Broken Bats and Beit Din – Part One by Rabbi Chaim Jachter


The Case

One Sunday at a Torah Academy of Bergen County softball practice, a student (“batter”) picked up a baseball bat as he went up to hit during batting practice. The owner of the bat (“bat owner”) immediately instructed “batter” not to take the bat, since it was an expensive bat whose purchase price was eighty dollars. “Batter” asked if he could use the bat whereupon “bat owner” stated clearly and unequivocally that if you break the bat you must pay me eighty dollars. “Batter” agreed to the condition (point of clarification for those not familiar with baseball - non-metal bats break occasionally).

Before each pitch, “bat owner” repeated his stipulation of “you must pay me eighty dollars if you break the bat” and “batter” expressed his consent. All was going smoothly until “batter” swung and broke the bat. The bat cost seventy-five dollars to replace.

Stipulations that Contradict Halachah

It is possible to excuse “batter” because the bat broke as a result of normal usage (Meitah Machmat Melachah). The Torah distinguishes between four categories of people who watch property belonging to others – Shomeir Chinam (unpaid watchman), Shomeir Sachar (paid watchman), Socheir (renter) and Sho’eil (borrower). Halachah assigns different degrees of responsibility to each category (see Mishnah Shavu’ot 8:1). The borrower is responsible for all situations except for Meitah Machmat Melachah. Thus, “batter” not responsible for the damage he caused, since the bat was broken as a result of normal usage. Moreover, the stipulation for payment should be invalid since it contradicts Torah law. Indeed, the Mishnah (Bava Metzia 7:11) states “Kol HaMatneh Al Mah SheKatuv BaTorah Tena’o Batel,” a stipulation that runs counter to Halachah is invalid.

However, the previous Mishnah (Bava Metzia 7:10) contradicts this rule. This Mishnah teaches that a borrower may make a condition that he be excused from payment in all situations. The reasoning for this Mishnah is that Tenai SheBeMammon Kayam, that stipulations in regard to financial matters are valid even if they contradict Torah law. One owns his money, and thus he may waive his Torah given right to collect money or conversely is permitted to agree to obligate himself to pay money that the Torah does not require him to pay.

The Gemara (Bava Metzia 94a) explains that the two Mishnayot reflect two differing opinions. Rabi Meir forbids making stipulations that contravene Halachah whereas Rabi Yehudah permits it. The Shulchan Aruch (Even HaEzer 38:5 and Choshen Mishpat 291:17) codifies the opinion of Rabi Yehudha as normative. Thus, “bat owner’s” condition to obligate the borrower in case of Meitah Machmat Melachah is valid, and “batter” seems to be required to pay.

The Absence of a Kinyan Suddar

This conclusion might not be warranted in light of the fact that “batter” did not receive any “consideration” in exchange for obligating himself to pay beyond his Halachic responsibility as a Sho’eil. Consideration refers to the Halachic requirement for someone who obligates himself to pay or sell something to receive something in exchange in order for the obligation to be Halachically binding. The Kinyan Suddar (often simply called a Kinyan), when the recipient of an obligation hands the one who obligates himself an item of some value, even though it will be returned, is the traditional means among our people to present symbolic consideration that makes the obligation Halachically binding (Rut 4:7 – “LeKayeim Kol Davar”). We are familiar with a rabbi conducting a Kinyan Suddar with a groom to activate the obligations the groom has assumed in regards to the Ketubah and a rabbi conducting a Kinyan Suddar with one who has agreed to appoint the rabbi as his agent to sell his Chameitz.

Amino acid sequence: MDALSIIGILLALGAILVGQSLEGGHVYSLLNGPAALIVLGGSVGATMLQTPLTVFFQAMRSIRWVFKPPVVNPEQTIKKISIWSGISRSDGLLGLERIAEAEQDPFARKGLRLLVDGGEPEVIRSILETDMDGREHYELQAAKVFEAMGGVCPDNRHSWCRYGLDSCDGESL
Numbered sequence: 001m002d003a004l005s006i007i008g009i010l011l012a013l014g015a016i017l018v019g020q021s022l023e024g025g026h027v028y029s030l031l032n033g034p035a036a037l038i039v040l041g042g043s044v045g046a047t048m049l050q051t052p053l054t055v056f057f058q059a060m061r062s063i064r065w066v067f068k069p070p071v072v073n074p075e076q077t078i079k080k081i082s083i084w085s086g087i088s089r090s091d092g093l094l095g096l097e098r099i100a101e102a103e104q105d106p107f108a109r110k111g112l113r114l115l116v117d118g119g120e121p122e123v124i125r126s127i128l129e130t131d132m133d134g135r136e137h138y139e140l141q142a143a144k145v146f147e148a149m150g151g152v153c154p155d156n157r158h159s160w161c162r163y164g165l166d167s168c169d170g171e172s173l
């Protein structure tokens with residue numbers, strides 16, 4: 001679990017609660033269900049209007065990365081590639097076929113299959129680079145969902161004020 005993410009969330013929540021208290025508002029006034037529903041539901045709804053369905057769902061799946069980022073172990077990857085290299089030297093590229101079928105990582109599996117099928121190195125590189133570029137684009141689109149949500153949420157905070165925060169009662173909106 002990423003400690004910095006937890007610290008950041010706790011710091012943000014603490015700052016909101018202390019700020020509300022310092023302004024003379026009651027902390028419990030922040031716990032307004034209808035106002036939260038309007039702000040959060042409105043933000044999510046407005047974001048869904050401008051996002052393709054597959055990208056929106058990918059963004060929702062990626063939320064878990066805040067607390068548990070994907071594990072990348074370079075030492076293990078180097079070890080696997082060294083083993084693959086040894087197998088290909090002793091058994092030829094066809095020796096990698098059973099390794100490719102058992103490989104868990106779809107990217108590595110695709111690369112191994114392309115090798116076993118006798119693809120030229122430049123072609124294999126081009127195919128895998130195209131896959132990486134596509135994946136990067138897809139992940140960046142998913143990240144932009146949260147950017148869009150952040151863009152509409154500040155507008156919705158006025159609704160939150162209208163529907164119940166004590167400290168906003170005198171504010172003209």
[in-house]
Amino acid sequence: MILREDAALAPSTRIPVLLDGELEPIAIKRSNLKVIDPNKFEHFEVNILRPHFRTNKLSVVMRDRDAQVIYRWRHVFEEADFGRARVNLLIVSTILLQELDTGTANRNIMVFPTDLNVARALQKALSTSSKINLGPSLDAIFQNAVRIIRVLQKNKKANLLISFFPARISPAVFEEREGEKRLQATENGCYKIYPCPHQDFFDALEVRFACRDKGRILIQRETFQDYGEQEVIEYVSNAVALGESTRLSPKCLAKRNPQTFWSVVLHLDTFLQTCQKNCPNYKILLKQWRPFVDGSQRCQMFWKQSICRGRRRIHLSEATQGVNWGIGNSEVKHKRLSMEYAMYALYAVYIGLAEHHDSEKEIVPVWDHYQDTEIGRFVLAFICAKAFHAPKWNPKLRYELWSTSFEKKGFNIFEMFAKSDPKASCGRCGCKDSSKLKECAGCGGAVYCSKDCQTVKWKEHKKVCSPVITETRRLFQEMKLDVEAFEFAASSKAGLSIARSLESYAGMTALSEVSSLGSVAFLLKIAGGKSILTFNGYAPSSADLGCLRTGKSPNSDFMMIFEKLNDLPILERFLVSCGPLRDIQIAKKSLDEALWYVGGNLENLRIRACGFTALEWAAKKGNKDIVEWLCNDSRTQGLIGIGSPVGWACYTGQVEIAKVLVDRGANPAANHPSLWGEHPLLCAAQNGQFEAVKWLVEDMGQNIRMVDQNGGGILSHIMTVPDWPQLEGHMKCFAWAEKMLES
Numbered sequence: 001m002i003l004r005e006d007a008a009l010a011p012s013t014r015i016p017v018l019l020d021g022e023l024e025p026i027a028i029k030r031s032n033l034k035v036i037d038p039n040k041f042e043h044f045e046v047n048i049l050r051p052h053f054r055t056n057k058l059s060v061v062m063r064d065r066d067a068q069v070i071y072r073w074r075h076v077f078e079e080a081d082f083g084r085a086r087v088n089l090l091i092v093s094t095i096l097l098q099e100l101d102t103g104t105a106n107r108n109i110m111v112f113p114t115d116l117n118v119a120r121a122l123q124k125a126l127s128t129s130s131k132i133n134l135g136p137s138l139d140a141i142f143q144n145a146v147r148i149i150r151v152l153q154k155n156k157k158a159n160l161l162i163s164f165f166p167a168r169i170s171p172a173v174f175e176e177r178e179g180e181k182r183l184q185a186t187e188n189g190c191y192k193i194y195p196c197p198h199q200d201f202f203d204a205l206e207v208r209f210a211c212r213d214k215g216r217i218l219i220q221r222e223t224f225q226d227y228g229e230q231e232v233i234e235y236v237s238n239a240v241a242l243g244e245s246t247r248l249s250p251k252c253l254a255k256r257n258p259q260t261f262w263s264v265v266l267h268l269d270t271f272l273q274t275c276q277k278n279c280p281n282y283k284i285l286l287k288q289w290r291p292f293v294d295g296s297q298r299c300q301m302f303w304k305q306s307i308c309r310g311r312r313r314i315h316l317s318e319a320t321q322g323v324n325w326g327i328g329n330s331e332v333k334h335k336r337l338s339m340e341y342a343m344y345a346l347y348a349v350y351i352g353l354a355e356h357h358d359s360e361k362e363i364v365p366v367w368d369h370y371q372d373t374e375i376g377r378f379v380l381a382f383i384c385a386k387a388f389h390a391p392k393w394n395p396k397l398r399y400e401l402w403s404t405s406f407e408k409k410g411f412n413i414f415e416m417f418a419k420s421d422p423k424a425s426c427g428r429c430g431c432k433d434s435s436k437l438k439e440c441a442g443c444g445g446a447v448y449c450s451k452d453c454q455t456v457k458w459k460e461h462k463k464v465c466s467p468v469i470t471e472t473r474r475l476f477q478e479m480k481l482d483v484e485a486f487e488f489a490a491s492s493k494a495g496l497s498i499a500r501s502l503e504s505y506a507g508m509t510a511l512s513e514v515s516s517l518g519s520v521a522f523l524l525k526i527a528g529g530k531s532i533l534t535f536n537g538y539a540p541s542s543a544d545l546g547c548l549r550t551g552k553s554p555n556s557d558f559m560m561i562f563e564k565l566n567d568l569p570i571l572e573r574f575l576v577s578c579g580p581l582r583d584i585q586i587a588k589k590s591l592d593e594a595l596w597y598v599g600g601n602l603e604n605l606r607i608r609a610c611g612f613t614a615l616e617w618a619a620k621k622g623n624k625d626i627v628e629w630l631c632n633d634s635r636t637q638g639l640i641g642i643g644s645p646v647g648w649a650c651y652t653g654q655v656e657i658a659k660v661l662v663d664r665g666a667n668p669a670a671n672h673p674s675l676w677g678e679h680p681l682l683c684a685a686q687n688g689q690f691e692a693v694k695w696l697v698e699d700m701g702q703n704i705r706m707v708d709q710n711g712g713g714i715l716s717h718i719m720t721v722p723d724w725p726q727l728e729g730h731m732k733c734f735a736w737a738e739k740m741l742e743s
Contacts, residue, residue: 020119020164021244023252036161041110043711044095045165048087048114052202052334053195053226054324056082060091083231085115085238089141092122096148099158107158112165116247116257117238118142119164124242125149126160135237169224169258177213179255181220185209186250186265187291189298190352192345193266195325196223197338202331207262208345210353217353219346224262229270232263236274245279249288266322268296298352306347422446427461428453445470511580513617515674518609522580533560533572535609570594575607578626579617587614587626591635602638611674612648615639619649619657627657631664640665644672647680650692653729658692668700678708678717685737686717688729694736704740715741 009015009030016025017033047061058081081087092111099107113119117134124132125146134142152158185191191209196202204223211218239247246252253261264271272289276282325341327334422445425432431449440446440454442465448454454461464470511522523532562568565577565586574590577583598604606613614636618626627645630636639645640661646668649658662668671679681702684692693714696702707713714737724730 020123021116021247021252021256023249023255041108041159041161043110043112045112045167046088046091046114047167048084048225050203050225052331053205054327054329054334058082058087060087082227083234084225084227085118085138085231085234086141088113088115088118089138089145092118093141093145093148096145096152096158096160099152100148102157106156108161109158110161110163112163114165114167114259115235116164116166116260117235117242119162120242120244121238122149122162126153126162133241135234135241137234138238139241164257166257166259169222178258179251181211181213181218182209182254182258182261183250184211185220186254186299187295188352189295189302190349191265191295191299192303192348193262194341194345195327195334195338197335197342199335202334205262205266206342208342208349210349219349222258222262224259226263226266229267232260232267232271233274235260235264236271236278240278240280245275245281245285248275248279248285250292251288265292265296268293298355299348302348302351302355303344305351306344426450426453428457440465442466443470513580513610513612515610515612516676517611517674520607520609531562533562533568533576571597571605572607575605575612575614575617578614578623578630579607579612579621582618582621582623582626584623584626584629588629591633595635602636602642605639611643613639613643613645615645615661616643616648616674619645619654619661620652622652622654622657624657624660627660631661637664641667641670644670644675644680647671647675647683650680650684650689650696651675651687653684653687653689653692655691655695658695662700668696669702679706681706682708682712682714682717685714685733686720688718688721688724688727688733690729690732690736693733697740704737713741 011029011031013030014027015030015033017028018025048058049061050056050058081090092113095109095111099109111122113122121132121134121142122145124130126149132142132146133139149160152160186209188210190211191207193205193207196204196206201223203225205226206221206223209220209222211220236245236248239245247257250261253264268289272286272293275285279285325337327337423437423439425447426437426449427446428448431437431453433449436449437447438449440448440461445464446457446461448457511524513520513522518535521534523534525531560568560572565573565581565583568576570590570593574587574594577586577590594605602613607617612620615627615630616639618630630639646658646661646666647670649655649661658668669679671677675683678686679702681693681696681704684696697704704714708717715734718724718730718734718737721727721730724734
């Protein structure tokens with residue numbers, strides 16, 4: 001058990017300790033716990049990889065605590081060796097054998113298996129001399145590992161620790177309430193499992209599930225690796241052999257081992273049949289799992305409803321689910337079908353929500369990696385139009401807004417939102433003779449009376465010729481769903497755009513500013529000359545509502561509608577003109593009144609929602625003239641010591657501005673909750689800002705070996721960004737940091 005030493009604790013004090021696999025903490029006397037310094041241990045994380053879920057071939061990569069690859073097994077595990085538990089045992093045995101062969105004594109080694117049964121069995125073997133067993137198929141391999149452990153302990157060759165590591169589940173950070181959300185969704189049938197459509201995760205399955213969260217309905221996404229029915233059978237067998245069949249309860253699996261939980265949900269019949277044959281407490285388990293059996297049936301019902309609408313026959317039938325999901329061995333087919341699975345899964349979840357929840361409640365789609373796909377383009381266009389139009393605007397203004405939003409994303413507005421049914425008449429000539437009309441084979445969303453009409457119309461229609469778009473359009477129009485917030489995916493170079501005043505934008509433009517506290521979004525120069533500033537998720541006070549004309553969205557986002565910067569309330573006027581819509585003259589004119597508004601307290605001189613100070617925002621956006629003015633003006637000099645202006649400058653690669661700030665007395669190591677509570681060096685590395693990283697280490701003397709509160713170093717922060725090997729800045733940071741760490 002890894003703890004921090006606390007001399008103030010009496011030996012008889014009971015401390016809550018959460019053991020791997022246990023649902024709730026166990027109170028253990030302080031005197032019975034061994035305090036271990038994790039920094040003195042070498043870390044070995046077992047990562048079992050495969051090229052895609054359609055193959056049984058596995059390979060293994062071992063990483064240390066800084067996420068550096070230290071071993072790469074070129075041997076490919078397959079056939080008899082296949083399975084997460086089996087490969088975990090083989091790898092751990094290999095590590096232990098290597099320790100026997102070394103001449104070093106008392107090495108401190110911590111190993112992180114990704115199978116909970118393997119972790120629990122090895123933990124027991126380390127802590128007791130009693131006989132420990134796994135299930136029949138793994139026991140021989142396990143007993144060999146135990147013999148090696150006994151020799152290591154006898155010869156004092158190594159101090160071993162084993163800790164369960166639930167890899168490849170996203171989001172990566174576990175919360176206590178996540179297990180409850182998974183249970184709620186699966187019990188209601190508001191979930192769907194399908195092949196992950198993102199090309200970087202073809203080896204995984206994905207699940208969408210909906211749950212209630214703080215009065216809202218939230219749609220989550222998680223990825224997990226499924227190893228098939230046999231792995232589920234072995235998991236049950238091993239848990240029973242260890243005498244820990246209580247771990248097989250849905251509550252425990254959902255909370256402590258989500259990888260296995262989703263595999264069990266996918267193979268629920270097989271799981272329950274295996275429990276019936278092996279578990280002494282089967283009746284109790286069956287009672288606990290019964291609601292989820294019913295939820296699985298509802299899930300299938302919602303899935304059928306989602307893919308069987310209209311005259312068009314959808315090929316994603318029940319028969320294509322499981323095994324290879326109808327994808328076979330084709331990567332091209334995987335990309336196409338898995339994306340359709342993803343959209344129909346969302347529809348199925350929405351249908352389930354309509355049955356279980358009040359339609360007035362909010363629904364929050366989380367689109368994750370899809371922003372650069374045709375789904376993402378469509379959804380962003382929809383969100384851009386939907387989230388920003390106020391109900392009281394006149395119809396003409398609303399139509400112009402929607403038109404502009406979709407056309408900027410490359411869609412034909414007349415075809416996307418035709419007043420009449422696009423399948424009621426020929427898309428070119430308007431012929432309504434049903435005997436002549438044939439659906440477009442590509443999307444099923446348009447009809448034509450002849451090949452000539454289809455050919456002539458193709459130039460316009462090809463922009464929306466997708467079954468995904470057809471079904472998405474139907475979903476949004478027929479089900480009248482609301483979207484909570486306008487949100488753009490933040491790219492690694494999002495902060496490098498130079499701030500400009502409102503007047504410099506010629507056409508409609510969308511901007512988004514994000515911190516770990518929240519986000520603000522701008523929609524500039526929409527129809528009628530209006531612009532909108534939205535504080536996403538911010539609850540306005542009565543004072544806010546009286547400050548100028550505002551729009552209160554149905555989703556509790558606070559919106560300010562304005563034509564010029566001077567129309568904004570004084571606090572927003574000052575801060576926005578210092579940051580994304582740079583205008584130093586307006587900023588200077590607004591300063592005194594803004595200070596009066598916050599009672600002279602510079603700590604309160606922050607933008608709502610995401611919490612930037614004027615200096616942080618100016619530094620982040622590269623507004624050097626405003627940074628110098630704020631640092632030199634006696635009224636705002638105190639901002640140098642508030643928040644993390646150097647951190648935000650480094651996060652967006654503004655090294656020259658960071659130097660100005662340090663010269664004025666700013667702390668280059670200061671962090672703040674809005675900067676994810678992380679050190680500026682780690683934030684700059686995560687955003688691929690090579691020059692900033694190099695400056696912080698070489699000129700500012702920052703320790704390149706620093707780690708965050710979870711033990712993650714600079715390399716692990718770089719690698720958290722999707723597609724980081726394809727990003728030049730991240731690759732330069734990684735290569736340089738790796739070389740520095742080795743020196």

Although the Gemara (ibid.) does not require a Shomeir Chinam who wishes to assume the obligations of a borrower to engage in a Kinyan Suddar to seal this commitment, the Ketzot HaChoshen (340:1) raises the possibility that a Sho’eil who wishes to obligate himself in a case of Meitah Machmat Melachah is required to do so. The Ketzot notes that the Shomeir Chinam need not receive symbolic consideration, since he receives consideration in the form of enhancing his reputation as a trustworthy person to whom people lend items. Tosafot (Bava Metzia 58a s.v. Amar Rabi Yochanan) explain that when he assumes the responsibilities of a Sho’eil, he watches the item more carefully (like a Sho’eil would), and therefore people assume that the item is loaned to him, which thereby enhances his reputation.

However, a Sho’eil who agrees to exceed his responsibilities might require a Kinyan becasue he does not receive such consideration. Thus, since “bat owner” did not conduct a Kinyan Suddar with “batter,” it is possible that “batter’s” Halachic obligation did not take effect. Although the Ketzot concludes with uncertainty, “batter” could claim that the uncertainty works to his favor since a major principle in adjudicating monetary disputes is HaMotzi MeiChaveiro Alav HaRa’ayah, the burden of proof falls on the plaintiff (Bava Kama 46a). Thus, in a case of doubt, the case is resolved in favor of the defendant, since the plaintiff is unable to prove his case.